Name: Roopesh Sitharan

Age: 30

Degree: MFA

Field of study: Digital arts and new media

Undergraduate education: Multimedia University, Cyberjaya, Malaysia

Hometown: Kuala Lumpur, Malaysia

Most memorable experience at UCSC?

Getting to know all the great scholars and academicians from diverse backgrounds. In particular, I am intrigued by the paradox of being engaged with students as a teaching assistant and with my professors as a graduate student. I get to practice and share what I have learned with fellow undergraduates. It's a great feeling when you get to share your knowledge and enthusiasm with someone.

Favorite spot on campus and why?

My office, overlooking the Pacific Ocean. It is truly soothing and comforting as I grade away papers in my office space. A place of personal serenity, you might say.

How has your UCSC graduate education shaped you professionally?

With the support from the DANM program, I participated in several international art symposia and biennials such as ISEA (Inter-Society for the Electronic Arts) '09 in Singapore and Gwangju Biennale in South Korea. I am now established as a practicing artist and curator from Malaysia, thanks to my professors.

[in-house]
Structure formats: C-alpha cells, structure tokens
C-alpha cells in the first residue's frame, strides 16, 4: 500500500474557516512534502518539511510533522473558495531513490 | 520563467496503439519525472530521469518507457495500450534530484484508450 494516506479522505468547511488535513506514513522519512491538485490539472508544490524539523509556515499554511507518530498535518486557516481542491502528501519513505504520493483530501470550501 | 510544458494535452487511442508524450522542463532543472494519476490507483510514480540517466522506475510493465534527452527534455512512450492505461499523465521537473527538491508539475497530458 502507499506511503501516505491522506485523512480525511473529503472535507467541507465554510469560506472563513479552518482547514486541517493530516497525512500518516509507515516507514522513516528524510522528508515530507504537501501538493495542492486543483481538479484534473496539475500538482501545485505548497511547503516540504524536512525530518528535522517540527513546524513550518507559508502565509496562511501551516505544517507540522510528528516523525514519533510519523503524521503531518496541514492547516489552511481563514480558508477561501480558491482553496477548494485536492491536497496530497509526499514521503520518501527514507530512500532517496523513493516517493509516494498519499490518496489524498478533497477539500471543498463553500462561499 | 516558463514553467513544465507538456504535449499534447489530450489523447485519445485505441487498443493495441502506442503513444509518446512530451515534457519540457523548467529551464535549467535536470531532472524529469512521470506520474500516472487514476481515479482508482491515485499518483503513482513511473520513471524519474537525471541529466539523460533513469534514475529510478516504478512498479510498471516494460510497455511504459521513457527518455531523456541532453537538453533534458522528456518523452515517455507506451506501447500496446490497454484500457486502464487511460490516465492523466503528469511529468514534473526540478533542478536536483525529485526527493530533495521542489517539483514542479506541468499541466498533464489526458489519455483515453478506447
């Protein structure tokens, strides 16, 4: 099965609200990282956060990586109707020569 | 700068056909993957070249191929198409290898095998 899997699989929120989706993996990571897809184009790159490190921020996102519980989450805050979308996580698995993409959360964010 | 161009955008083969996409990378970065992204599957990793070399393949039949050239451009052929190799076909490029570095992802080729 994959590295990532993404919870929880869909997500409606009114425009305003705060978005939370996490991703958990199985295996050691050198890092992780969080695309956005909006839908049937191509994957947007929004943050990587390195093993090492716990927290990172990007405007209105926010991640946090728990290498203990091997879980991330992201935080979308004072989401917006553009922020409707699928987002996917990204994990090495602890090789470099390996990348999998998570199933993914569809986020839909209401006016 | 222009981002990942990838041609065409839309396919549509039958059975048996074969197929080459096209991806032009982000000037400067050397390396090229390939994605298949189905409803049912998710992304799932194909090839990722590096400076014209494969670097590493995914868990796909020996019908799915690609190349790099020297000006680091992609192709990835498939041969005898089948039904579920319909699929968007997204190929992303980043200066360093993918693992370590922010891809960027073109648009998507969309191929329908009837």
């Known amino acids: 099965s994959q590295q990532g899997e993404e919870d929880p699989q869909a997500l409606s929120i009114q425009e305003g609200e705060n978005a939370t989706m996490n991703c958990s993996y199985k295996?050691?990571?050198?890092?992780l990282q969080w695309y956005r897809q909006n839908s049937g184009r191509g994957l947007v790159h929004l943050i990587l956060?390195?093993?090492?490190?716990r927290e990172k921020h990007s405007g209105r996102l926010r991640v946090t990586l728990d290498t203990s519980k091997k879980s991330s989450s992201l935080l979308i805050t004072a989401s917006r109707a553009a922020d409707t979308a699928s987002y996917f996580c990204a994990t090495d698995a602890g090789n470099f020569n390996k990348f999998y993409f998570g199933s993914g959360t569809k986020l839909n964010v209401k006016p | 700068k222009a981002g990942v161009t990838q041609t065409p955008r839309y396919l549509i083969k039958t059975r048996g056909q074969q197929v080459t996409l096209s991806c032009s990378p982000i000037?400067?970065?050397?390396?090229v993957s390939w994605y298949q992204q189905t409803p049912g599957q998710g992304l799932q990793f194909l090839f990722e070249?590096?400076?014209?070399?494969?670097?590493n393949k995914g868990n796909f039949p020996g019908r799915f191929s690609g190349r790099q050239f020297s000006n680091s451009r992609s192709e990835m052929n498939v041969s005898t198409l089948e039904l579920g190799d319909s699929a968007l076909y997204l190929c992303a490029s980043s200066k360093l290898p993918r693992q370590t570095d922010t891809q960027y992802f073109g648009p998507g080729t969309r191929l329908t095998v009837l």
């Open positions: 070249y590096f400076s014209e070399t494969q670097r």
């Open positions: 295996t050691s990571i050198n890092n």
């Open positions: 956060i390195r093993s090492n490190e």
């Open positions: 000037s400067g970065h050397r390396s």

What are your plans after graduation?

I will be pursuing a Ph.D. in visual culture, focusing on curatorial/knowledge at GoldSmith, University of London, this coming September. I think it's a great transition from UCSC.

Accomplishments:

I received several grants from UCSC, such as Regent Fellowship Grant, Porter Fellow-- Graduate Arts Research Grant, and DANM Fund for Excellence. I won second place for the ASEAN New Media competition in Indonesia and curated several national and international exhibitions as a graduate student.

My dissertation examines the formal environment of an exhibition space. Precisely, it explores "subjectivity" in exhibition-making by exploring traditional ontology where division between subjective and objective is literally unthinkable. The research proceeds from the premise that subjectivity in an exhibition space is essentially hinged upon the legitimization process created by the museum and traditional art world originating from the cultural history of the West.